An nameless reader stocks a document: When General Motors laid off greater than 6,000 employees days after Thanksgiving, John Patrick Leary, the writer of the brand new e-book Keywords: The New Language of Capitalism, tweeted out section of GM CEO Mary Barra’s observation. “The actions we are taking today continue our transformation to be highly agile, resilient, and profitable, while giving us the flexibility to invest in the future,” she stated. Leary added a line of observation to of Barra’s observation: “Language was pronounced dead at the scene.” Why must we be aware of the precise phrases used to explain, and justify, the incessantly scheduled “disruptions” of past due capitalism? Published this month by way of Haymarket Books, Leary’s Keywords explores the regime of late-capitalist language: a suite of ubiquitous trendy phrases, drawn from the company international and the trade press, that he argues promulgate values pleasant to companies (hierarchy, competitiveness, the unquestioning embody of new applied sciences) over the ones pleasant to human beings (democracy, harmony, and scrutiny of new applied sciences’ affect on folks and the planet).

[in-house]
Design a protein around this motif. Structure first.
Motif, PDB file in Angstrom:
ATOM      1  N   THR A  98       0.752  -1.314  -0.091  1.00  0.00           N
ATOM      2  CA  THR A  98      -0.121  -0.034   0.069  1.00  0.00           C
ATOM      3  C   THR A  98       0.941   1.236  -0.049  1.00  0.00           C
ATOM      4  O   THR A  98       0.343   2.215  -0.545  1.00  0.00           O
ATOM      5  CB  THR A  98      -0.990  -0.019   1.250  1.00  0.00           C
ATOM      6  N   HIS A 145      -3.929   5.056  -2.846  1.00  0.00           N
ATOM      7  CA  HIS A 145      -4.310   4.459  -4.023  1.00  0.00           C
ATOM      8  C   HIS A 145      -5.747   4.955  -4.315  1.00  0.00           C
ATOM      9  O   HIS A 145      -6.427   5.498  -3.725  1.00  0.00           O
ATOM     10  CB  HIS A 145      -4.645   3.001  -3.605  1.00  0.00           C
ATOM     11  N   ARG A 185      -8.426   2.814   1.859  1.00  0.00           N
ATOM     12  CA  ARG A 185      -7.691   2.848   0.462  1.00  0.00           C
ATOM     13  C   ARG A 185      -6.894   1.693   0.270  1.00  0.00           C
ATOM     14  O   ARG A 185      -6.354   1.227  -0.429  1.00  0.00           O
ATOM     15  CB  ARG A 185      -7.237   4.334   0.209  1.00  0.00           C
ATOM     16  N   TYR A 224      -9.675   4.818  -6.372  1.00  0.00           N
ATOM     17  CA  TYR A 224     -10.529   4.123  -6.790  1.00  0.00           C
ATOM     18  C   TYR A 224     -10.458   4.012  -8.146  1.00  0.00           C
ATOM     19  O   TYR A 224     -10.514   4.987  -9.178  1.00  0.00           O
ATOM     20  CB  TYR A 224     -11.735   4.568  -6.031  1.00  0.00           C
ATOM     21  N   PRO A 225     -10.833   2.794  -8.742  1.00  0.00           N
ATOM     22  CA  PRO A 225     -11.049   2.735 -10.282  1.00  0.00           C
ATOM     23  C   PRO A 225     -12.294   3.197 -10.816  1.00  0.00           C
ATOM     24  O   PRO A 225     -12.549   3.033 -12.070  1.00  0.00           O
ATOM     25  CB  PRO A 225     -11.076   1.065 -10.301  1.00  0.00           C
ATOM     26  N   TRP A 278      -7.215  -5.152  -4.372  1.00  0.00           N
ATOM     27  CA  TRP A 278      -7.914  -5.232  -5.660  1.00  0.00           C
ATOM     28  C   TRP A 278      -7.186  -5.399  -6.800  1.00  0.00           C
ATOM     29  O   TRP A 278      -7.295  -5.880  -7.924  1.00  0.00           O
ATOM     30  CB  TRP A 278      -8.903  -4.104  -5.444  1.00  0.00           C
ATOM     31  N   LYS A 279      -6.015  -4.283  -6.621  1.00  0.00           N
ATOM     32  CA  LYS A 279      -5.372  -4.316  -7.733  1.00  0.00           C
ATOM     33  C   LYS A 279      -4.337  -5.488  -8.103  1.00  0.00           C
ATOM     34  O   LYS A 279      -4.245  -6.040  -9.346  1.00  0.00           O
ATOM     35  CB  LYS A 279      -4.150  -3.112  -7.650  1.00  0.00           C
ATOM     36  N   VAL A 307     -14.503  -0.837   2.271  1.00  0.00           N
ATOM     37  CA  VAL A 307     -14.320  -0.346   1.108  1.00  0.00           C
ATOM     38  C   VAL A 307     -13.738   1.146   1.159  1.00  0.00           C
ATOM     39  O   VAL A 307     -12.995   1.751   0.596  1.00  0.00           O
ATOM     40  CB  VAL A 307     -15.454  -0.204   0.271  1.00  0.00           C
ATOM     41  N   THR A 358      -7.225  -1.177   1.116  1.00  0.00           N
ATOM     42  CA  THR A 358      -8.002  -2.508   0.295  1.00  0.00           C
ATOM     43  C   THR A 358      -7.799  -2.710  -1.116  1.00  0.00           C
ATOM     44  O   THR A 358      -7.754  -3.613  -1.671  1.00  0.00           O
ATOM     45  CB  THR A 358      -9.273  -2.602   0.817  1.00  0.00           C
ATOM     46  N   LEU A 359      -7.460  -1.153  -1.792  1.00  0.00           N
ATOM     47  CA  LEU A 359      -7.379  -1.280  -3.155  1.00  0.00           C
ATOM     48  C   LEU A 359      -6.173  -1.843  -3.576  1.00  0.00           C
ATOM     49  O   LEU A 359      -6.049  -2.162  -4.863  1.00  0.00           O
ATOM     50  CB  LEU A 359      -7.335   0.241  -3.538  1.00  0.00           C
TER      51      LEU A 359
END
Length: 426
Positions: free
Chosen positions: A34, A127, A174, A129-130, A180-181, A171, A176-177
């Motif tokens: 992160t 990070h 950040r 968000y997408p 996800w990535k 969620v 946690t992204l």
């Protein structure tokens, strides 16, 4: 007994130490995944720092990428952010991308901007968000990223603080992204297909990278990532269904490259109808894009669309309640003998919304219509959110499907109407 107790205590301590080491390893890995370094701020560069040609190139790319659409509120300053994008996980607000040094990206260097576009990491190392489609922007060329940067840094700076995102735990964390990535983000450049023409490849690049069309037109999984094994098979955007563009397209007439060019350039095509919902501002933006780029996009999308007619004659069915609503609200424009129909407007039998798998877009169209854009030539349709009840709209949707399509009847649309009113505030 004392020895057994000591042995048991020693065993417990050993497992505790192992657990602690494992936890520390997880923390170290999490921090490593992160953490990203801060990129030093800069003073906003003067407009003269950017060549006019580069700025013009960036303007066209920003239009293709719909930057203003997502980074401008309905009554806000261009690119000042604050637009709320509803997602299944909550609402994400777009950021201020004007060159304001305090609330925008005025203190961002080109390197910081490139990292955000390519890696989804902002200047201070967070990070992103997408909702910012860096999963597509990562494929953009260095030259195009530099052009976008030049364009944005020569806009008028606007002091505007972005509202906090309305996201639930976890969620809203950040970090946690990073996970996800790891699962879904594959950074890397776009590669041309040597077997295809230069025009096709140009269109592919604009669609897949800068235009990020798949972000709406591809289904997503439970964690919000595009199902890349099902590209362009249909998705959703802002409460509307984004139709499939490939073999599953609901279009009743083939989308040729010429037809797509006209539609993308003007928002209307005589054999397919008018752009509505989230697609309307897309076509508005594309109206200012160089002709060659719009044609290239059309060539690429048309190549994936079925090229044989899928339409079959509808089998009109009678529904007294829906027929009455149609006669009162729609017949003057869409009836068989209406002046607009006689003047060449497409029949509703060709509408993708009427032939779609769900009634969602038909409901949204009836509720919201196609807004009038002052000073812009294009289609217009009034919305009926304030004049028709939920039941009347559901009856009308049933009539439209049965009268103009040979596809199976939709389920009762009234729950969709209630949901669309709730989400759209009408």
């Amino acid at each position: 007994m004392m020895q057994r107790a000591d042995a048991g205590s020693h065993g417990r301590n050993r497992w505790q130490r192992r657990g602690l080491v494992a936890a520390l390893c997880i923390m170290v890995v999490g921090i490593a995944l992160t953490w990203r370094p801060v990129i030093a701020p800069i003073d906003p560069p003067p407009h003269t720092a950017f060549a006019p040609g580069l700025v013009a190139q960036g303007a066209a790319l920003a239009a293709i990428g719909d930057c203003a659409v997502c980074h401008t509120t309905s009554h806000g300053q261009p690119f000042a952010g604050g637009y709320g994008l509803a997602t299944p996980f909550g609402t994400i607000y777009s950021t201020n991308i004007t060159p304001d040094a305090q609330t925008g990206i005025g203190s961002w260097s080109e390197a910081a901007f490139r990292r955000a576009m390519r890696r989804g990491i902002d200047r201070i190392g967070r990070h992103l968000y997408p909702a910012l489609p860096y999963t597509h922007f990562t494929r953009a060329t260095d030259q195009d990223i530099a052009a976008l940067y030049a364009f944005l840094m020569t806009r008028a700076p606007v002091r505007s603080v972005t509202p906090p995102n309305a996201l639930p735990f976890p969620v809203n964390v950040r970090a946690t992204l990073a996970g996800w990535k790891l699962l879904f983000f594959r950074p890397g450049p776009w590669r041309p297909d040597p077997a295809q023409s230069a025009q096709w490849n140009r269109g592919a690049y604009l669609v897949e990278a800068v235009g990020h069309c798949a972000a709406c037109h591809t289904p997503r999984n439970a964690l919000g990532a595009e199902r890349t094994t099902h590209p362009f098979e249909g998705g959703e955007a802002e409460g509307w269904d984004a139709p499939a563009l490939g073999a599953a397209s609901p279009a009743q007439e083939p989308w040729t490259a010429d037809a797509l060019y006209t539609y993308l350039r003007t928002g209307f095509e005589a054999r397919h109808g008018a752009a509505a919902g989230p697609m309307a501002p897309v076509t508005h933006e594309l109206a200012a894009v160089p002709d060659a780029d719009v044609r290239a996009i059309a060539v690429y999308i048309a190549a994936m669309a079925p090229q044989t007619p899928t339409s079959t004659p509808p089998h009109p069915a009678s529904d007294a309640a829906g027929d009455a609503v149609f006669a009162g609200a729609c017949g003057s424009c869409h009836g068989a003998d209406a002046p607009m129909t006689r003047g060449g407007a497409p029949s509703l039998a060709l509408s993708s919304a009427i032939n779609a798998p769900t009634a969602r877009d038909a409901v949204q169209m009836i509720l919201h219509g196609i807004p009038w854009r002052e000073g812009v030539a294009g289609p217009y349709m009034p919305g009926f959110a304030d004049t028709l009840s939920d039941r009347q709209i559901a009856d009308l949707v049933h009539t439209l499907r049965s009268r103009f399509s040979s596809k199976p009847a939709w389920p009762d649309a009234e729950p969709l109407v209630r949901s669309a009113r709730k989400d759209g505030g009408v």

These phrases slim our conceptual horizons — they “manacle our imagination,” Leary writes — making it more difficult to conceive alternative ways of organizing our economy and society. We are inspired by way of robust “thought leaders” and company executives to just accept it because the language of commonplace sense or “normal reality.” When we perceive and deploy such language to explain our personal lives, we are noticed as excellent employees; after we fail to take action, we are implicitly threatened with financial obsolescence. After all, if you are now not familiar with “innovation” or “collaboration,” how are you able to be expecting to thrive on this courageous new economic system? […] Calling our present financial device “late capitalism” means that, in spite of our gleaming buzzwords and applied sciences, what we are dwelling thru is solely the following iteration of an previous device of international capitalism. In different phrases, he writes, “cheer up: things have always been terrible!” What is new, Leary says, quoting Marxist financial historian Ernest Mandel, is our “belief in the omnipotence of technology” and in professionals. He additionally claims that capitalism is increasing at an exceptional price into in the past uncommodified geographical, cultural, and religious nation-states.